DRAM Scaling Challenges Grow


DRAM makers are pushing into the next phase of scaling, but they are facing several challenges as the memory technology approaches its physical limit. DRAM is used for main memory in systems, and today’s most advanced devices are based on roughly 18nm to 15nm processes. The physical limit for DRAM is somewhere around 10nm. There are efforts in R&D to extend the technology, and ultimate... » read more

GDDR6 Drilldown: Applications, Tradeoffs And Specs


Frank Ferro, senior director of product marketing for IP cores at Rambus, drills down on tradeoffs in choosing different DRAM versions, where GDDR6 fits into designs versus other types of DRAM, and how different memories are used in different vertical markets. » read more

Pushing Memory Harder


In an optimized system, no component is waiting for another component while there is useful work to be done. Unfortunately, this is not the case with the processor/memory interface. Put simply, memory cannot keep up. Accessing memory is slow, and it can consume a significant fraction of the power budget. And the general consensus is this problem is not going away anytime soon, despite effort... » read more

Memory Subsystems In Edge Inferencing Chips


Geoff Tate, CEO of Flex Logix, talks about key issues in a memory subsystem in an inferencing chip, how factors like heat can affect performance, and where these kinds of chips will be used. » read more

Why DRAM Won’t Go Away


Semiconductor Engineering sat down to talk about DRAM's future with Frank Ferro, senior director of product management at Rambus; Marc Greenberg, group director for product marketing at Cadence; Graham Allan, senior product marketing manager for DDR PHYs at Synopsys; and Tien Shiah, senior manager for memory marketing at Samsung Electronics. What follows are excerpts of that conversation. Part ... » read more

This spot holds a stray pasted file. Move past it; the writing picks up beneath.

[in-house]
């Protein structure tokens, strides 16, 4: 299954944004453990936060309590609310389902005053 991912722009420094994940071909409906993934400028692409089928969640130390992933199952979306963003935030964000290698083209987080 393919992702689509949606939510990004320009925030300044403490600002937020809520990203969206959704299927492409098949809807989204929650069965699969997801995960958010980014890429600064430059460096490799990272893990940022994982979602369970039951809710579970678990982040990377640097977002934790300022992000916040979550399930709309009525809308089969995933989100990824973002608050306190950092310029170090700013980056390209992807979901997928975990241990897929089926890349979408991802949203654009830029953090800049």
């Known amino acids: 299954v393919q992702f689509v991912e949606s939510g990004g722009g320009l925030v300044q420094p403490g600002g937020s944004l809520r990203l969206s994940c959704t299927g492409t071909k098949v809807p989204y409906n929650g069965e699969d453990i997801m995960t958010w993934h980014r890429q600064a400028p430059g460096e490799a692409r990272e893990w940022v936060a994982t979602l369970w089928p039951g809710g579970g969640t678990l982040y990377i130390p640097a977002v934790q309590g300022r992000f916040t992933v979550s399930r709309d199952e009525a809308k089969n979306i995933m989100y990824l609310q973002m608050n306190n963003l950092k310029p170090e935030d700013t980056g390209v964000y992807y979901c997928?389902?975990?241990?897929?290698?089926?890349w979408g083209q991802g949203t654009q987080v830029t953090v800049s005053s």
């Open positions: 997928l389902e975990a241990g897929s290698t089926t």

Machine Learning Inferencing At The Edge


Ian Bratt, fellow in Arm's machine learning group, talks about why machine learning inferencing at the edge is so difficult, what are the tradeoffs, how to optimize data movement, how to accelerate that movement, and how it differs from developing other types of processors. » read more

The Next New Memories


Several next-generation memory types are ramping up after years of R&D, but there are still more new memories in the research pipeline. Today, several next-generation memories, such as MRAM, phase-change memory (PCM) and ReRAM, are shipping to one degree or another. Some of the next new memories are extensions of these technologies. Others are based on entirely new technologies or involve ar... » read more

Using Memory Differently To Boost Speed


Boosting memory performance to handle a rising flood of data is driving chipmakers to explore new memory types and different ways of using existing memory, but it also is creating some complex new challenges. For most of the semiconductor design industry, memory has been a non-issue for the past couple of decades. The main concerns were price and size, but memory makers have been more than a... » read more

Will In-Memory Processing Work?


The cost associated with moving data in and out of memory is becoming prohibitive, both in terms of performance and power, and it is being made worse by the data locality in algorithms, which limits the effectiveness of cache. The result is the first serious assault on the von Neumann architecture, which for a computer was simple, scalable and modular. It separated the notion of a computatio... » read more

Inferencing Efficiency


Geoff Tate, CEO of Flex Logix, talks with Semiconductor Engineering about how to measure efficiency in inferencing chips, how to achieve the most throughput for the lowest cost, and what the benchmarks really show. » read more

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